Labour's David Drew voices support for 'millionaire's tax'
Updated 9:53am Tuesday 28th January 2014 in News
FORMER Stroud MP David Drew has backed his party’s pledge to increase taxes on wealthy individuals earning more than £150,000 a year.
The veteran Labour Party politician and prospective Parliamentary candidate believes it is only right that ‘the better off’ contribute towards cutting the deficit and he has voiced his hope that the so-called ‘millionaire’s tax’ would allow Ed Miliband to reverse some of the Coalition’s public spending cuts after the next election.
Speaking to the SNJ following shadow chancellor Ed Balls’ announcement over the weekend that a future Labour government would reinstate the 50p top rate of income tax, Mr Drew said it was ‘unfair’ that the burden of austerity had fallen on families on middle and lower incomes, whilst the richest in society had been largely shielded from the after-effects of the financial crisis.
“I’m very glad that Labour has promised to reintroduce the 50p top rate of income tax. We have got to have a tax policy which is properly progressive and our tax policy in this country has not been progressive enough over the last 20 years,” he said.
“It is only right that people who are better off do their bit to deal with the deficit and hopefully it will mean we are able to reverse some of the public spending cuts after the next general election.
“How can you possibly say ‘we are all in it together’ when the better off have been protected but those people on middle and lower incomes have had to bear the brunt of the austerity measures?
“It is unfair and it is not good economics, let alone politics I would ever associate myself with.”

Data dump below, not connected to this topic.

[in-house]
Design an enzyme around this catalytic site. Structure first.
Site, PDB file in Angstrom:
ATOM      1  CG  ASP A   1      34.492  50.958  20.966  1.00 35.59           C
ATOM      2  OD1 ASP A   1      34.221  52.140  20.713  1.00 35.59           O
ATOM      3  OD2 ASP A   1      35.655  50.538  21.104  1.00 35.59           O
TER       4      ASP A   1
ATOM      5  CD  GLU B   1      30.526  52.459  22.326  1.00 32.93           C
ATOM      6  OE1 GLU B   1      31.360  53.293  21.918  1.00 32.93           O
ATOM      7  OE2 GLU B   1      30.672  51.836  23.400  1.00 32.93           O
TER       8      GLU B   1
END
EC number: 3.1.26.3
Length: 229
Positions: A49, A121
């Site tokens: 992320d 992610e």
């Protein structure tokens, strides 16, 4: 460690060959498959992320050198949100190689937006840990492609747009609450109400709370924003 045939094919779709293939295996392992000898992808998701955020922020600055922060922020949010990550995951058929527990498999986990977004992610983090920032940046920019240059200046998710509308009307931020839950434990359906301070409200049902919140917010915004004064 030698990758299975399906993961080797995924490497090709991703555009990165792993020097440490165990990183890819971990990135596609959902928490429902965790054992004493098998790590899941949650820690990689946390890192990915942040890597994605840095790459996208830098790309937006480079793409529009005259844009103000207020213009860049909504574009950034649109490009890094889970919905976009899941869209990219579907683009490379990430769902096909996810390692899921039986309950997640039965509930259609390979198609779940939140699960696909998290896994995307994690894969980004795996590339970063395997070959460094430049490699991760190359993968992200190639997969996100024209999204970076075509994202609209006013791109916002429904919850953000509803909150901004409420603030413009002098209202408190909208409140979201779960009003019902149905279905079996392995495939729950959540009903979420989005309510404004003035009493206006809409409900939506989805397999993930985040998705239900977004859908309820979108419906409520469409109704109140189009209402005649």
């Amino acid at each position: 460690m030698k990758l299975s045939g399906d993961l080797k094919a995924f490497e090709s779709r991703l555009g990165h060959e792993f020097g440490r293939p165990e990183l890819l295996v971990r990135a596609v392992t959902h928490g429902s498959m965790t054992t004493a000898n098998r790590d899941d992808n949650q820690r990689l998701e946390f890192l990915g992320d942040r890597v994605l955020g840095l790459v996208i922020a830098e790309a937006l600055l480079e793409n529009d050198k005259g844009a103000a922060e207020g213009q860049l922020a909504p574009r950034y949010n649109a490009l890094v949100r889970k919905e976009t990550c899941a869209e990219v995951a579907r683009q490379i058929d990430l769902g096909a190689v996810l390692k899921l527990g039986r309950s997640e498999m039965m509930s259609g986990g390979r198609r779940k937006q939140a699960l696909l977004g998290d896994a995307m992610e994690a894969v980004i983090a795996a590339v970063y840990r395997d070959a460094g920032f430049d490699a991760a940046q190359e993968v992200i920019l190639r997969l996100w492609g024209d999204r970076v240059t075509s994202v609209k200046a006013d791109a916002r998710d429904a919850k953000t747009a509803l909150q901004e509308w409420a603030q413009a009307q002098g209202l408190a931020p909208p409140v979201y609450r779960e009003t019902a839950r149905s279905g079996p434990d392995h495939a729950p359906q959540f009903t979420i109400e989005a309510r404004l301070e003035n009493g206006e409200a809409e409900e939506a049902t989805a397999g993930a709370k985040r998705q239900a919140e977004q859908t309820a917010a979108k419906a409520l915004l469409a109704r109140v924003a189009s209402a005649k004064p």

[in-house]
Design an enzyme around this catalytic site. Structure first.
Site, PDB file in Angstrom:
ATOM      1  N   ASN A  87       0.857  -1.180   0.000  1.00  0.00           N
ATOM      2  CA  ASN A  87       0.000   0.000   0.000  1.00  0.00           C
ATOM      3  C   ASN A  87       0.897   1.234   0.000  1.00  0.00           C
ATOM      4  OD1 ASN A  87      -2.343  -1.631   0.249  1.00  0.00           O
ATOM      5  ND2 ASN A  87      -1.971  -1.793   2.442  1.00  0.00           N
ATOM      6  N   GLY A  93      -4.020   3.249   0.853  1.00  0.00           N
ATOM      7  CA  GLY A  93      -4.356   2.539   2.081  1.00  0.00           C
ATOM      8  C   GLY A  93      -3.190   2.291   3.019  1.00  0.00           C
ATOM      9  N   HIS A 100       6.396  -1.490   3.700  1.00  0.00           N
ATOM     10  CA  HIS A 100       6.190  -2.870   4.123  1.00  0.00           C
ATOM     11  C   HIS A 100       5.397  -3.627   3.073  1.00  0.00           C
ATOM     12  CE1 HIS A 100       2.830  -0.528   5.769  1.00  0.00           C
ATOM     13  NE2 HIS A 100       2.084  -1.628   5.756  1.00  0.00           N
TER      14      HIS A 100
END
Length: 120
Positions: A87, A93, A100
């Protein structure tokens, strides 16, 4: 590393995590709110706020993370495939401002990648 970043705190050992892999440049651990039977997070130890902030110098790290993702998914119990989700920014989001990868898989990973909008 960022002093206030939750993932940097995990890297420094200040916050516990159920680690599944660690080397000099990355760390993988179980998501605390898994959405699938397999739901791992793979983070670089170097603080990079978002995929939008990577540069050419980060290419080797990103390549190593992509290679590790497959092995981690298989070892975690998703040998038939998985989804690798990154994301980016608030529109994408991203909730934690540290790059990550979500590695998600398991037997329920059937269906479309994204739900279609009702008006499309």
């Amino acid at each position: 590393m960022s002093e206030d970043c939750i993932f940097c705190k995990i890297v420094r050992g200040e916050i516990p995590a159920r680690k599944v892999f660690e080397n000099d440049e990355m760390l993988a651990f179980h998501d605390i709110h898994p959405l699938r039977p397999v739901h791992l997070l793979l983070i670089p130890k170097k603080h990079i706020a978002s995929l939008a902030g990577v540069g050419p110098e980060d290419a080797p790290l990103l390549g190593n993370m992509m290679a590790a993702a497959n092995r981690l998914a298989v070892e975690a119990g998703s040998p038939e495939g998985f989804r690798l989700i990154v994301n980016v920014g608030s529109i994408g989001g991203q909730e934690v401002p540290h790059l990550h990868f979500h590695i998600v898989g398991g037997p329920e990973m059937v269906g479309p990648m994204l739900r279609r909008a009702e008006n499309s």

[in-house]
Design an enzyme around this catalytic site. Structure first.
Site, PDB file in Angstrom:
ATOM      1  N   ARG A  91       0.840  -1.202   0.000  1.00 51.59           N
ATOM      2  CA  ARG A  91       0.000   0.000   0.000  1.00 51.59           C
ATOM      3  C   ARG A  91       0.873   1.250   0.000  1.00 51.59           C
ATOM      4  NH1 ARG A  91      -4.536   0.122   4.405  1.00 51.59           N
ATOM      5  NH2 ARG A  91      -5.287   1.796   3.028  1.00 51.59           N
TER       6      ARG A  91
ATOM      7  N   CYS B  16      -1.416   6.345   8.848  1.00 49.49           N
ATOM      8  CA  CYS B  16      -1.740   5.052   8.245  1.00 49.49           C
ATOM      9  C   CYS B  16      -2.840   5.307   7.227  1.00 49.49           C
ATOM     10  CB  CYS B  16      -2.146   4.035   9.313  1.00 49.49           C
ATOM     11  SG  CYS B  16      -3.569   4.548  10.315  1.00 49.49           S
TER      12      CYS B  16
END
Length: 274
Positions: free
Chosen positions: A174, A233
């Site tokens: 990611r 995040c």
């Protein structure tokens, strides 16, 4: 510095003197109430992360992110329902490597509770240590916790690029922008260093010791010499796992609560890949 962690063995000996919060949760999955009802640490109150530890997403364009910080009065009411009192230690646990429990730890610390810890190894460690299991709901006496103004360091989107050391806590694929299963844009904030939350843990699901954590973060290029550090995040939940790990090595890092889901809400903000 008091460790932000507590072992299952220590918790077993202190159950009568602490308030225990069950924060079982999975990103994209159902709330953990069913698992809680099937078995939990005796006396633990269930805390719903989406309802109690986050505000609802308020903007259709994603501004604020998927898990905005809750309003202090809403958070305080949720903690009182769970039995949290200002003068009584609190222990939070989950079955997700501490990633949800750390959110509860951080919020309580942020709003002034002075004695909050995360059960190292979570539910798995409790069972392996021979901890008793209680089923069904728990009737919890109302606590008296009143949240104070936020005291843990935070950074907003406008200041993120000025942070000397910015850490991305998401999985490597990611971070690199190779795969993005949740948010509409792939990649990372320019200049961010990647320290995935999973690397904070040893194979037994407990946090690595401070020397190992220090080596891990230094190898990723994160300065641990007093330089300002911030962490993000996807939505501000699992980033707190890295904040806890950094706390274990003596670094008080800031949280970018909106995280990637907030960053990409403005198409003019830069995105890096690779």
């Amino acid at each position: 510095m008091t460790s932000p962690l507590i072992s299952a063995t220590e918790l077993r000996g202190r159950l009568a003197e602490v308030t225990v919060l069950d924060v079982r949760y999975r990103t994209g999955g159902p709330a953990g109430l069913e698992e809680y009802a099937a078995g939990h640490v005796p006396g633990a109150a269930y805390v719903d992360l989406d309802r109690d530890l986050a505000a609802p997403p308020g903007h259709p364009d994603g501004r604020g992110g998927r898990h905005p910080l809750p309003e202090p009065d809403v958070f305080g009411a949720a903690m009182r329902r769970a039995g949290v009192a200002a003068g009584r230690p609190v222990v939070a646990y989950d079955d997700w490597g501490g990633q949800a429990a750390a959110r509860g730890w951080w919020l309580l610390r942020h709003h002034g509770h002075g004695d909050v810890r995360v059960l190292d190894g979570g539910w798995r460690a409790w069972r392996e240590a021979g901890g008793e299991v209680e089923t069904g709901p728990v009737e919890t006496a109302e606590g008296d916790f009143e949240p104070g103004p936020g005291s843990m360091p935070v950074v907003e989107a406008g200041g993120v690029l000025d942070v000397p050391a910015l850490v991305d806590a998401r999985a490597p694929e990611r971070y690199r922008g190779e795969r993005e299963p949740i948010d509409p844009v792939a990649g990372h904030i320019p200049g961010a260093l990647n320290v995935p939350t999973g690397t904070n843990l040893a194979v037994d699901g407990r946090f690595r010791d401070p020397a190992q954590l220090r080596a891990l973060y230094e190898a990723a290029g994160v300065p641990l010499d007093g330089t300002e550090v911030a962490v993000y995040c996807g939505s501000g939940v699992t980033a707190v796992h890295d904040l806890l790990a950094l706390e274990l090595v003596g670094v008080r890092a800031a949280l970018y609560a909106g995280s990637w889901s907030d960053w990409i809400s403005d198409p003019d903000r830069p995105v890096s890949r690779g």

However, Stroud MP Neil Carmichael, who is in favour of retaining the lower 45p threshold for top earners, said Labour was ‘flailing around’ by promising to raise taxes on the wealthiest.
With growth returning to the economy, the Tory politician said the Government’s economic plan was clearly working and he suggested that tax rises could place the fledgling recovery in jeopardy.
“To be talking about increasing taxes at this time is reckless,” he said.
“I do not think the existing top rate of tax is too low and if Labour were being honest with the country then they would have to admit that between 1997 and 2010 they had a lower top tax rate than we have now.
“As we are starting to grow, as good news is coming from all directions, as people are investing in manufacturing and the service sector it seems that the gearing we currently have must be about right.”
The 50p tax band for those with an income of £150,000 a year or more was created by the previous Labour government in 2010, but controversially cut to 45p by the incumbent Coalition government last April.
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